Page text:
Then there's the jolly couple (Phil Harris and Ann Doran) who always look on the bright side of life, even when their vacation plans keep getting interrupted or derailed. They try to cheer other people up a lot, but when disaster strikes, they learn whether or not their optimism and hopeful outlooks are real or not.
Another couple (Robert Newton and Julie Bishop) are mildly nice to each other sometimes, and mildly bored the rest of the time. It took me like half the movie to figure out why Newton was so familiar -- he played Long John Silver in the Disney version of Treasure Island (1950), but without his piratical accent, I couldn't recognize him for the longest time!
|(Do you recognize him without the pegleg and parrot???)|
The single characters get their share of the spotlight too. Especially Joy Kim's emigrating Korean woman who carries so much joy and wonder within her at the thought that she's really going to live in America. I liked her very much indeed -- she was such a believable mix of hope and apprehension.
|(Plus, she and the stewardess had really nice, friendly chemistry.)|
Then there's a rocket scientist (Paul Kelly) who regrets all his achievements because they mean potential misery and death. There's a former beauty queen (Jan Sterling) who's terrified that the man she's in love with (William Hopper) won't think she's beautiful when he finally meets her.
|(William Hopper did most of his scenes on a soundstage, writing letters and looking soulful.|
And looking so delicious with his sleeves rolled up that I had to include him here.)
One wealthy businessman (David Brian), one not-so-wealthy businessman with a big grudge against someone (Sidney Blackmer), and a fisherman going home to his family (John Qualen) round them out. Oh, except for a little boy (Michael Wellman) travelling alone because his parents are separated and keep shuttling him back and forth across the Pacific. He spends most of the movie asleep, though.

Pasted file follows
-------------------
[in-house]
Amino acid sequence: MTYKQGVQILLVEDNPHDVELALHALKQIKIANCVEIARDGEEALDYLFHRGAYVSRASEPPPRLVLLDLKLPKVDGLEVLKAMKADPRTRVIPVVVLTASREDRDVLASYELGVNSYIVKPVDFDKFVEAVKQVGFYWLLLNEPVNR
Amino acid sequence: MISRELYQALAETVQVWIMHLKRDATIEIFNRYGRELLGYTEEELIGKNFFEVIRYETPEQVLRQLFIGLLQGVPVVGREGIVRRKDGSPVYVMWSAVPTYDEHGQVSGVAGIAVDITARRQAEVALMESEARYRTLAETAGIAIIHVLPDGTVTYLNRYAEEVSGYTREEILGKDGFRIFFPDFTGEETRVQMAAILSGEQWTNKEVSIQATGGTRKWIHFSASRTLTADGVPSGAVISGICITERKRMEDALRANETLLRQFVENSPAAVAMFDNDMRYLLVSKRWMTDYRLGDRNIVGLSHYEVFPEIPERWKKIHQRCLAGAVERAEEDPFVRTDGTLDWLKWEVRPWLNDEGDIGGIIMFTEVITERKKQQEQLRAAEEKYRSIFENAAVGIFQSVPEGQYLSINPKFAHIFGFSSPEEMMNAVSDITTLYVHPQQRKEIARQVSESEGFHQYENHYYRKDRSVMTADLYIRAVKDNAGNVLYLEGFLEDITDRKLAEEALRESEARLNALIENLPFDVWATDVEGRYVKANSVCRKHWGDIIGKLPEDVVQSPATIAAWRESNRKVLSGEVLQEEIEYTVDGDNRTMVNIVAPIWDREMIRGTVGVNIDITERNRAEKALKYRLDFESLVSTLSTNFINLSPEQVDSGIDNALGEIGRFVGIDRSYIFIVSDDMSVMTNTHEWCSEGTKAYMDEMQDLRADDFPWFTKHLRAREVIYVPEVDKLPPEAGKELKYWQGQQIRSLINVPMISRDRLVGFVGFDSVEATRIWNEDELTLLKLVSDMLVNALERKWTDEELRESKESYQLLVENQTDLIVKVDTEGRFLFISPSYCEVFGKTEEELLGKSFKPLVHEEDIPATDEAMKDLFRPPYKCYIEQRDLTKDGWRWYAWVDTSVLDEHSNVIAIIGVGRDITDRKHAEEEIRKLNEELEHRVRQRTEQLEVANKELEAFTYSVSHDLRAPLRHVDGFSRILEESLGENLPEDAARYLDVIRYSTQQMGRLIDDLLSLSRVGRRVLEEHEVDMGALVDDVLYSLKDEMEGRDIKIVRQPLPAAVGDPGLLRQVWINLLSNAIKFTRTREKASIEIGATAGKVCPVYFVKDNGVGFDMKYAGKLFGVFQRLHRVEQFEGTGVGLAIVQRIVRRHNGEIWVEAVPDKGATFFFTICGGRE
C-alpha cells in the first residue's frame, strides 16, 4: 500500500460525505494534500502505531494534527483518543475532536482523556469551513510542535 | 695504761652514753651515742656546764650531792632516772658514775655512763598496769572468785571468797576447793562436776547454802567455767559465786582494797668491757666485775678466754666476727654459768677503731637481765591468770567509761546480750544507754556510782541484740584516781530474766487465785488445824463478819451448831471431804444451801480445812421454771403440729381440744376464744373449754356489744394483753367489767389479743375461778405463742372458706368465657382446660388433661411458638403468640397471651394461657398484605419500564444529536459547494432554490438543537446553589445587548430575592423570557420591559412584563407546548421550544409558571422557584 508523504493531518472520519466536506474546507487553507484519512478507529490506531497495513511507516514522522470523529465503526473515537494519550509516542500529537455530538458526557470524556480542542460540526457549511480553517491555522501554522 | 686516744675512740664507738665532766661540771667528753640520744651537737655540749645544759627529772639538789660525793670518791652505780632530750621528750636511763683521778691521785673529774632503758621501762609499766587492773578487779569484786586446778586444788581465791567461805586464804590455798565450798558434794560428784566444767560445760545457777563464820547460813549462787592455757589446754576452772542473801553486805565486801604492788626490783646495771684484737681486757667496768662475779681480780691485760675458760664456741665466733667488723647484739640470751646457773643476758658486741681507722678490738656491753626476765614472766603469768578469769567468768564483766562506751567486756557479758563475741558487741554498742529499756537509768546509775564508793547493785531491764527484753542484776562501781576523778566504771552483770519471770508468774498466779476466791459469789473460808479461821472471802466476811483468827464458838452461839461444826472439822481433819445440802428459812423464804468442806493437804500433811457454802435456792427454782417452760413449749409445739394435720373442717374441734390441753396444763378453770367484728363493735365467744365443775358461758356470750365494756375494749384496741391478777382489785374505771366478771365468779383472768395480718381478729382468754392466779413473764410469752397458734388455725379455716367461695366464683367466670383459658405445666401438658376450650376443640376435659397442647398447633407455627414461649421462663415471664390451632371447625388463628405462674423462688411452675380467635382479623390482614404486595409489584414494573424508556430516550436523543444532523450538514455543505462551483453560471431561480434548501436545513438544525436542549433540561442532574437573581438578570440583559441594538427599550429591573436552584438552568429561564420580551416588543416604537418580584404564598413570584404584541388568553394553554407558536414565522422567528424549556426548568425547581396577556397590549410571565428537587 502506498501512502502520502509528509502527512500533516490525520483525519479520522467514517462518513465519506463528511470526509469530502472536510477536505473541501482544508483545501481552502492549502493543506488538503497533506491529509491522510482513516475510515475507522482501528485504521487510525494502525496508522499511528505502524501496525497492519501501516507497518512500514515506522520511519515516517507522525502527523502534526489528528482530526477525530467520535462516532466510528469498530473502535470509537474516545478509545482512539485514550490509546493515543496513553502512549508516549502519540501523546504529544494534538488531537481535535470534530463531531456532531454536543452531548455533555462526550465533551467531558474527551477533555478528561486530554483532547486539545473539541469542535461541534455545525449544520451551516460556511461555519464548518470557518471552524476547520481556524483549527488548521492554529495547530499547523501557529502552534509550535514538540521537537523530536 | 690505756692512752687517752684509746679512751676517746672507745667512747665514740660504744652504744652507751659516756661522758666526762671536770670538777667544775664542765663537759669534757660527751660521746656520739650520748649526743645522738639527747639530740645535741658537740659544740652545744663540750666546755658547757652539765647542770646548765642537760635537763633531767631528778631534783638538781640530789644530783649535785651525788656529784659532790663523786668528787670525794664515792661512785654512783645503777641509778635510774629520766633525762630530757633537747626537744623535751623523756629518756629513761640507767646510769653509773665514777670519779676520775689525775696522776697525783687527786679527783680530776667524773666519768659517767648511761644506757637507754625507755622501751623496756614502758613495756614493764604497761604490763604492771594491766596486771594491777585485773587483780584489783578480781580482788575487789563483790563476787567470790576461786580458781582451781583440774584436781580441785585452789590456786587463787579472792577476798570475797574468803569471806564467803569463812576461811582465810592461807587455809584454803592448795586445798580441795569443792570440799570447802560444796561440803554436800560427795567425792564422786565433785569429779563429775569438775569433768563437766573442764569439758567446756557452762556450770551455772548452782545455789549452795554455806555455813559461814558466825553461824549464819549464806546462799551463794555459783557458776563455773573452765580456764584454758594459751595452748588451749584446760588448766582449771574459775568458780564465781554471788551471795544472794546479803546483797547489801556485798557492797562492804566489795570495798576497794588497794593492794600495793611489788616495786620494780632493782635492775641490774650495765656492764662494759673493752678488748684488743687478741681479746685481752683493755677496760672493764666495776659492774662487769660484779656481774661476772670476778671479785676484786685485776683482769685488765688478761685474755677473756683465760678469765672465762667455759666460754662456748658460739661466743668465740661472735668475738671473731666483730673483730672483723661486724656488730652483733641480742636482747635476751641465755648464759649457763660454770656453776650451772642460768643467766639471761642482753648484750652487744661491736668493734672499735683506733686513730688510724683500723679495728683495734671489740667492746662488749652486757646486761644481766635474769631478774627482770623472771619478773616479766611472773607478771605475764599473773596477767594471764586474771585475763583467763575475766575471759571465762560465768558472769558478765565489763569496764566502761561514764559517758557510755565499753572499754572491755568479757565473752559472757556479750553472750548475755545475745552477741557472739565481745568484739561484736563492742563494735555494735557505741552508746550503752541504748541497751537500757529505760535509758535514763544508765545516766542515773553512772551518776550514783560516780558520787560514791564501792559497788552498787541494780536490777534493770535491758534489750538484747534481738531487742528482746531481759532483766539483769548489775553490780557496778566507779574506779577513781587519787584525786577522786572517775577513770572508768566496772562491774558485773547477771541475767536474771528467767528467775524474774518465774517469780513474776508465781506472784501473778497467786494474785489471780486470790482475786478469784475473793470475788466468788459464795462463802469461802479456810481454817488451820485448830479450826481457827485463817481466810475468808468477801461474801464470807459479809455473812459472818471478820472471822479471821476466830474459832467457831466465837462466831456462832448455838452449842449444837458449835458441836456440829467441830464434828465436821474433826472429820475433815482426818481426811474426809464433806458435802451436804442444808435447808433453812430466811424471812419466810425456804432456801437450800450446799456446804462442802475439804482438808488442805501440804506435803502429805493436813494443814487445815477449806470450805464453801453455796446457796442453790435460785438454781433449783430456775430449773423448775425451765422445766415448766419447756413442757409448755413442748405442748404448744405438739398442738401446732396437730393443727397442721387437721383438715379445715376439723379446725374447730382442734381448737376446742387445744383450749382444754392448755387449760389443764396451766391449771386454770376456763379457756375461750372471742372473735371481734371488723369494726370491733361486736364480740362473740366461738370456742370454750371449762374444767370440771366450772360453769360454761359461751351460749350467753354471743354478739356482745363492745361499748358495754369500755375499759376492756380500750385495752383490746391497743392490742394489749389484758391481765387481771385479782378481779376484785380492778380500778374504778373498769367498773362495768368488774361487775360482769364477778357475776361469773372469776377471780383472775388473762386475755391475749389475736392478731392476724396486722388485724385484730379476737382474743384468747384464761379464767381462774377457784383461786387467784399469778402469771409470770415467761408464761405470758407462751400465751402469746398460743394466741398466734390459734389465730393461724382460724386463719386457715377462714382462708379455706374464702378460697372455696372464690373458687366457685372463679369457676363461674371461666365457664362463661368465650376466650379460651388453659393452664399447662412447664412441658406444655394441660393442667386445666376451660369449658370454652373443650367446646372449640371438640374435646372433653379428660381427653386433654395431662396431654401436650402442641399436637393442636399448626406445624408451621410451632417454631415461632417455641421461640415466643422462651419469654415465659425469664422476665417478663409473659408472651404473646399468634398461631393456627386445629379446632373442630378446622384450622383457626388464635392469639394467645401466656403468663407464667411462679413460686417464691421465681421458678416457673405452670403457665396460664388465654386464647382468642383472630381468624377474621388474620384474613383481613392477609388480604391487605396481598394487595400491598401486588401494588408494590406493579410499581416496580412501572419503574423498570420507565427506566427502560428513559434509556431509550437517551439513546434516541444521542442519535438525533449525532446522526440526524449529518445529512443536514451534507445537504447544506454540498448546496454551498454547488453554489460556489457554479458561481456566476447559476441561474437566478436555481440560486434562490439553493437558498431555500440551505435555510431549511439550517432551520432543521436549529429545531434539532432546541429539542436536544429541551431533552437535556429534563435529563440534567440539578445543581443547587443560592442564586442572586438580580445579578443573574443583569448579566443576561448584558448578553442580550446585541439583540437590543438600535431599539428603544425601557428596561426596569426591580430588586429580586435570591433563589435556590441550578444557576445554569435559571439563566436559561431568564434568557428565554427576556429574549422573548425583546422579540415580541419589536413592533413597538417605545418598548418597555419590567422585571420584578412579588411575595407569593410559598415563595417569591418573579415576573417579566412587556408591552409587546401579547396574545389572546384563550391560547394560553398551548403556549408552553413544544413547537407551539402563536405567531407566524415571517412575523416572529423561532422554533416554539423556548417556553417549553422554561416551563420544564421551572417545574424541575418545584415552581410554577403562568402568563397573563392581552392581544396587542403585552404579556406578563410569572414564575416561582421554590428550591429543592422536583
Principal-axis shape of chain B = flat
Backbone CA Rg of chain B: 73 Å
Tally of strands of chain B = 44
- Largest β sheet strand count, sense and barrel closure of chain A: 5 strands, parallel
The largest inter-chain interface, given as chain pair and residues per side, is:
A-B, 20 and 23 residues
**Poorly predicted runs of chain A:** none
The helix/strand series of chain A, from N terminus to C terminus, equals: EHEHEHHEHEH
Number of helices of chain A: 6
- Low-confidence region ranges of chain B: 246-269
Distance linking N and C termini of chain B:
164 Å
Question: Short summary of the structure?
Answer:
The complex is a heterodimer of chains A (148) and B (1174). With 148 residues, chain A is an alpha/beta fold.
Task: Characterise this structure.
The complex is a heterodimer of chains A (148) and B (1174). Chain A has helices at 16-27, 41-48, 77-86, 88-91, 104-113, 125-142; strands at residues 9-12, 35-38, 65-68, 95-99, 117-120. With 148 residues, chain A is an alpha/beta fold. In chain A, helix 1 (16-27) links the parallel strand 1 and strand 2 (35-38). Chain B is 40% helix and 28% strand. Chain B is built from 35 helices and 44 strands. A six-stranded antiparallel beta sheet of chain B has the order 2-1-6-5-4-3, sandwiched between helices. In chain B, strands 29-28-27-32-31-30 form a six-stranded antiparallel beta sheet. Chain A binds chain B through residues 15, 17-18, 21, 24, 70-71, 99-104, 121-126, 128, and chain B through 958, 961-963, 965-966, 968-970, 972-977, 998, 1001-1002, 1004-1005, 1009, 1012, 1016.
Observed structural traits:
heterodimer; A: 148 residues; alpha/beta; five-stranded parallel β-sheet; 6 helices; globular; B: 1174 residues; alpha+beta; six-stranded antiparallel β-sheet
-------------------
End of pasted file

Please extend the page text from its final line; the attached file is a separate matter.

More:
Then there's the crew. I already mentioned the pilot and co-pilot, but the lone flight attendant (Doe Avedon) gets a lot of storytime too. She's got a lot of guts, and she never freaks out in front of the passengers, even when they are in the most obvious kind of trouble. We also have William Campbell as a radio operator or something (mostly he's just here to toss snide or snappy remarks in once in a while), and Wally Brown as the middle-aged navigator with a fast wife back home that causes him a lot of grief.
|(What a well-composed shot!)|
SPOILERS IN THE NEXT TWO PARAGRAPHS!
I was a little disappointed that they never actually made a water landing because they'd spent a lot of time building us up for it by giving the passengers lots of instructions on how to survive the landing and what to do in the life raft. But they end up not having to do that after all, and while I was happy for the characters not to have to go through that, I kinda would have liked to see how that played out.
Of course, it turns out that the experience and savvyness of Wayne's character save the day. We would expect no less. We get a totally happy ending, everyone landing safe and sound in California.
|(John Wayne explains the plot for anyone who wasn't paying attention|
during the first two hours of the film.)
John Wayne looks excellent in this film. In his forties, he's handsome and commanding in his pilot's uniform. He'd really hit his stride as an actor by this point and was convincing as a competent yet weary man who has many regrets, but keeps plugging along anyway. I'll be watching this one again.
This has been my contribution to the Disaster Blogathon hosted by Quiggy at The Midnite Drive-In and J-Dub at Dubsism. Check out their blogs for links to the other blogathon entries!